There are currently 178 Legacy runners who have completed every edition of the Skechers Performance Los Angeles Marathon.
The new “Stadium to the Sea” course not only includes a net elevation drop of 430 feet, but it also incorporates many iconic landmarks for which Los Angeles is world renowned.
After circulating around historic Dodger Stadium, the third oldest ballpark in Major League Baseball, the course negotiates past Chinatown and its famous Twin Dragon Towers Gateway, El Pueblo de Los Angeles State Park, the oldest section of the city, and two of the latest additions to the city’s cutting-edge architectural heritage: the Walt Disney Concert Hall, designed by Frank Gehry, and the Cathedral of Our Lady of Angels, designed by Rafael Moneo. At mile 6, the course winds through the communities of Echo Park and Silver Lake before linking up to Sunset Boulevard, where it offers runners a picturesque view of the celebrated Hollywood sign.
For the next eight miles, the course guides runners past such other notable Hollywood landmarks as the Walk of Fame, Grauman’s Chinese Theatre, the Comedy Store, the House of Blues Sunset Strip and Whiskey A Go Go. After leaving West Hollywood, the course wends through the heart of Beverly Hills and straight down Rodeo Drive, one of the most affluent, highest profile shopping thoroughfares in the world.
From Beverly Hills, the course continues west to Century City, a commercial and residential district originally developed on land which comprised the backlot for 20th Century Fox studios. The “Stadium to the Sea” course includes six miles along Historic Route 66, a celebrated national highway that for decades spanned 2,451 miles from Normal, Illinois to Santa Monica, California. It also traverses through the grounds of the Veterans Administration, a sprawling facility originally founded in 1887 which now houses, among other things, the VA’s West Los Angeles Healthcare System. After leading race participants into the community of Brentwood, the course continues along San Vicente Boulevard, a popular, pedestrian-friendly street which attracts runners of all abilities 365 days a year. The final three miles of the marathon are set in Santa Monica, where the course eventually runs along scenic bluffs overlooking the Pacific Ocean, and it concludes on Ocean Avenue near the Santa Monica Pier and its stunning solar-powered Ferris wheel.
In 2004, the Los Angeles Marathon introduced a battle of the sexes competition called the “Challenge” to generate more interest in television viewership. In the “Challenge,” the elite women’s field was granted a 20:30 head start on the elite men’s field. The first marathoner to cross the finish line would earn a bonus of $50,000. Russian Tatyana Pozdniakova won the inaugural “Challenge” by beating Kenyan David Kirui by 3:54. The “Challenge” proved so successful that the amount of the bonus was increased first to $75,000 in 2005 and then to $100,000 in 2006. Each year the time handicap of the “Challenge” is calculated using the differences in the lifetime best marathon times of the elite women and men participating in the Los Angeles field. Of the ten “Challenges” to date, a female has crossed the line first on six occasions and a male has crossed the line first on four occasions. The closest margin of victory in the “Challenge” was 16 seconds in 2006.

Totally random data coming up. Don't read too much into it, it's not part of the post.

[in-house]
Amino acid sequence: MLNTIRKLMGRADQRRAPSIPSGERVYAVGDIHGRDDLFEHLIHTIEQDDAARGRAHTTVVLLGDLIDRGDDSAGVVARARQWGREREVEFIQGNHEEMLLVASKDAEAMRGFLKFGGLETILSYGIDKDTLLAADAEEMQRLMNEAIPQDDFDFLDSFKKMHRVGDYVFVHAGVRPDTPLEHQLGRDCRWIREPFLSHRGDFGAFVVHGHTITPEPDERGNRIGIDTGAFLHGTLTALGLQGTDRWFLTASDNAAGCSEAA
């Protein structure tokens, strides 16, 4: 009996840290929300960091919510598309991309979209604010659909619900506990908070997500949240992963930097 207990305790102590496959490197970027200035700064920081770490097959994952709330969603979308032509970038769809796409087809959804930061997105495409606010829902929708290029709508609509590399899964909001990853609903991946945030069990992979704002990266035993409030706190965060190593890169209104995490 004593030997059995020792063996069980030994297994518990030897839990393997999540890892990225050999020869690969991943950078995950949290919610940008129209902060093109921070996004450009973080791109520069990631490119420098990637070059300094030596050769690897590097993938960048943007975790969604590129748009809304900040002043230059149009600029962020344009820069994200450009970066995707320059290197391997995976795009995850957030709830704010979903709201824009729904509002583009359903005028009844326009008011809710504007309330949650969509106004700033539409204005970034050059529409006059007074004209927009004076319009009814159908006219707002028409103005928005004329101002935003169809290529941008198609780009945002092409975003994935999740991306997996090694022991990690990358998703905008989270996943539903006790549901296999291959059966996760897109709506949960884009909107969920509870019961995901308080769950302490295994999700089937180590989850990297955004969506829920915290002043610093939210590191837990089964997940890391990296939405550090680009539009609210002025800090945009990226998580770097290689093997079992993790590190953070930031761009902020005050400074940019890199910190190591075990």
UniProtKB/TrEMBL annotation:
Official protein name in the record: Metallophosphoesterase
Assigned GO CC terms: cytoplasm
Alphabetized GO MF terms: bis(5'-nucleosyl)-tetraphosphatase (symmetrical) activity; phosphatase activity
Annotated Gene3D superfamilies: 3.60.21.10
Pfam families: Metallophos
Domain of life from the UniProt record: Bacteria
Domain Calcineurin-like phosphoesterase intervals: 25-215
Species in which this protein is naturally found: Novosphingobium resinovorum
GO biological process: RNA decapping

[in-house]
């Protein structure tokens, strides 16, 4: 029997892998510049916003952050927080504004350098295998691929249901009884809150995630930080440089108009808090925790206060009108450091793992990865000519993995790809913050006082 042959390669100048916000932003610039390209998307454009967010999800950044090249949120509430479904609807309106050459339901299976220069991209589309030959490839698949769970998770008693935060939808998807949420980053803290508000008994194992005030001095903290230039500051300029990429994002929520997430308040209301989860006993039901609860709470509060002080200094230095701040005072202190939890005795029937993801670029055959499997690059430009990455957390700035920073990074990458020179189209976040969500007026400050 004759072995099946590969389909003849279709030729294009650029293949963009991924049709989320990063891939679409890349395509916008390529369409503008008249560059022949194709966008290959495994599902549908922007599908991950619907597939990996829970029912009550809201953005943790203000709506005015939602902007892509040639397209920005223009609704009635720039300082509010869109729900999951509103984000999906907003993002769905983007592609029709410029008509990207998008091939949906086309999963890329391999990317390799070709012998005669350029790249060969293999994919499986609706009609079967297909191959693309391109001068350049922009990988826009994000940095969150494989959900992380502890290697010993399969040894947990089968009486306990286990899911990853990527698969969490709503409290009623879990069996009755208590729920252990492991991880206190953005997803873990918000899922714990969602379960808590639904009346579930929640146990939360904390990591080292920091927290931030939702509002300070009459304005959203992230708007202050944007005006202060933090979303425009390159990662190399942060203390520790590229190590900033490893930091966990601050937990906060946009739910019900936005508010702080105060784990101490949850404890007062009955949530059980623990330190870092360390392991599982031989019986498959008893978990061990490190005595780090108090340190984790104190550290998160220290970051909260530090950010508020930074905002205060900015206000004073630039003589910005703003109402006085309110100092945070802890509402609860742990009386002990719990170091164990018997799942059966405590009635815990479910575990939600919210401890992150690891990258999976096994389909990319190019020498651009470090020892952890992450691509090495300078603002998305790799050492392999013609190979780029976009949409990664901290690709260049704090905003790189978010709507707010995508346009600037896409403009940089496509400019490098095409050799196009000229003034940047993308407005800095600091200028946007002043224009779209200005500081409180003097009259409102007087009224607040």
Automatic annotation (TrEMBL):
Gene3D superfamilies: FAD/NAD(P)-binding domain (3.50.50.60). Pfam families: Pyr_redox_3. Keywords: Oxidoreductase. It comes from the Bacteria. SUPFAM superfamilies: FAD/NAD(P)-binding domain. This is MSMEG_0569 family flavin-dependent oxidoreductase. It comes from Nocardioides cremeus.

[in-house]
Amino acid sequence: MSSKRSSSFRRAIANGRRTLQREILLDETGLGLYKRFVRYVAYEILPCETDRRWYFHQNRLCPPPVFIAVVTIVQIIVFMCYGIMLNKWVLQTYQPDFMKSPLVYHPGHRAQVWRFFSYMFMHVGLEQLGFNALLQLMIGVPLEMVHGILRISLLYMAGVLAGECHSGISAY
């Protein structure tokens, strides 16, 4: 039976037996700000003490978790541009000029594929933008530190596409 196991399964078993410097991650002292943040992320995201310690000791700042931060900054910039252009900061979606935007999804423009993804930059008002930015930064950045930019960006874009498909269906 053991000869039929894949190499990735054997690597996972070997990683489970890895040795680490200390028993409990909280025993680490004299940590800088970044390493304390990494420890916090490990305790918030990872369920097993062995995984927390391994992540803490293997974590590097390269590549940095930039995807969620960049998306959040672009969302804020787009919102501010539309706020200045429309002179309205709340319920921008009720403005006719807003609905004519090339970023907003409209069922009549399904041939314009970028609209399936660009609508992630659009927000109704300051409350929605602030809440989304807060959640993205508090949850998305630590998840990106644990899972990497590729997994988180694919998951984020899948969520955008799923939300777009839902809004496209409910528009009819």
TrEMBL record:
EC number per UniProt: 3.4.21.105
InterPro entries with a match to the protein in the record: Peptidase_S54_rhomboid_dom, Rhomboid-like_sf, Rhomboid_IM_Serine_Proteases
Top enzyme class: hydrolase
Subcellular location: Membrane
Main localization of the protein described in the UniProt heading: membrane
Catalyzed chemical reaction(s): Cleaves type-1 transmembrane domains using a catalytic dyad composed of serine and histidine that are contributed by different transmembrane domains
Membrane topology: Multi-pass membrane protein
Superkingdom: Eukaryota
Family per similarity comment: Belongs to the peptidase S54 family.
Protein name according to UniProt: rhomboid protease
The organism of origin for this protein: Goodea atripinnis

The Los Angeles Marathon has always had a reputation for being creative and innovative with its race management.
In 1987, six students at East Los Angeles’ Boyle Heights High School enrolled in a marathon training program offered by teacher Harry Shabazian. The Students Run L.A. organization has grown dramatically since its inception, and today thousands of at-risk students from throughout the Los Angeles Unified School District participate in the six month program that promotes physical fitness, discipline and goal setting. More than 33,000 students have been a part of Students Run L.A. and 90% of them have completed the marathon.
In 1987, race organizers experimented with creating a division for race walking, and in the early 1990’s they created a division for inline skating. While race walkers are still welcome in the marathon in an informal manner, inline skaters were only allowed to compete for one year.
In 1995, race organizers introduced the Los Angeles Bike Tour, a noncompetitive event in which cyclists were permitted to ride along a lengthy portion of the marathon course before the official start of the marathon. One of the regular participants of the bike tour was former Los Angeles Mayor Richard Riordan. New management discontinued the bike tour in 2009 to return the focus of race day to the runners.
In 1996, the LA Marathon was the first major U.S. marathon to adopt field-wide chip timing in which each participant’s performance is measured using a transponder and radio receivers located at the strategic points along the course. Chip timing is now a common feature at most organized marathons.
In 2002, race organizers offered participants the option of wearing personalized bib numbers so that their names would be prominently displayed for spectators viewing the race. Personalized bib numbers are now a familiar sight at many marathons.
In 2009, the Los Angeles Marathon became the first big city marathon to fully adopt social media outlets such as Facebook, YouTube, RSS, Flickr and Twitter to not just promote the race, but to also allow participants to connect with one another and to be immediately alerted of all marathon-related developments.